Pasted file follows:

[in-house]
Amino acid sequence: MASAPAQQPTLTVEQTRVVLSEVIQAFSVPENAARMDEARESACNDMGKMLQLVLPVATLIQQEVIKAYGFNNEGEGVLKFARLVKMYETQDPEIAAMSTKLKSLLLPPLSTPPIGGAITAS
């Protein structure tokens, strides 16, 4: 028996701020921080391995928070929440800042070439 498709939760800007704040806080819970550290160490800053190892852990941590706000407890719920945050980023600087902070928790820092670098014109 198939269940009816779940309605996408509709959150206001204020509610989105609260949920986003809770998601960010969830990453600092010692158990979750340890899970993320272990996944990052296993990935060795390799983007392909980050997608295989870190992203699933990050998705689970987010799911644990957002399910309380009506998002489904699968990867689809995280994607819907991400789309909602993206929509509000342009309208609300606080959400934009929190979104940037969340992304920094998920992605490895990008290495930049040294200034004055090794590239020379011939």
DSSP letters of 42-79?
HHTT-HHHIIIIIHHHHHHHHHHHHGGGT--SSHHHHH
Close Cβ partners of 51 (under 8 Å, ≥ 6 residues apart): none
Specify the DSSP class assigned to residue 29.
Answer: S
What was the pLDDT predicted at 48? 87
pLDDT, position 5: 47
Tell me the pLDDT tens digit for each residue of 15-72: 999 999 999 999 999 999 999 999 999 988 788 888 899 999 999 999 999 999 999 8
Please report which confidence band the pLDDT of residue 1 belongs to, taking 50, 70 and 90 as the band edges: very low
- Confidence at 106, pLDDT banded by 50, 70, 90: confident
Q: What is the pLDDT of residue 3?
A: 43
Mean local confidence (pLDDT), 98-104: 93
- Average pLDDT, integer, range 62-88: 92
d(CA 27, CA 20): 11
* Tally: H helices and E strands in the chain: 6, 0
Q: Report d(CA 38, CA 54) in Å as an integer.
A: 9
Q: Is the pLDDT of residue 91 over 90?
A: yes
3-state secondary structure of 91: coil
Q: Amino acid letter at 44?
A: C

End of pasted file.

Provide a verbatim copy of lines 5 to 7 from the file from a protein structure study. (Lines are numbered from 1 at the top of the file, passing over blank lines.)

HHTT-HHHIIIIIHHHHHHHHHHHHGGGT--SSHHHHH
Close Cβ partners of 51 (under 8 Å, ≥ 6 residues apart): none
Specify the DSSP class assigned to residue 29.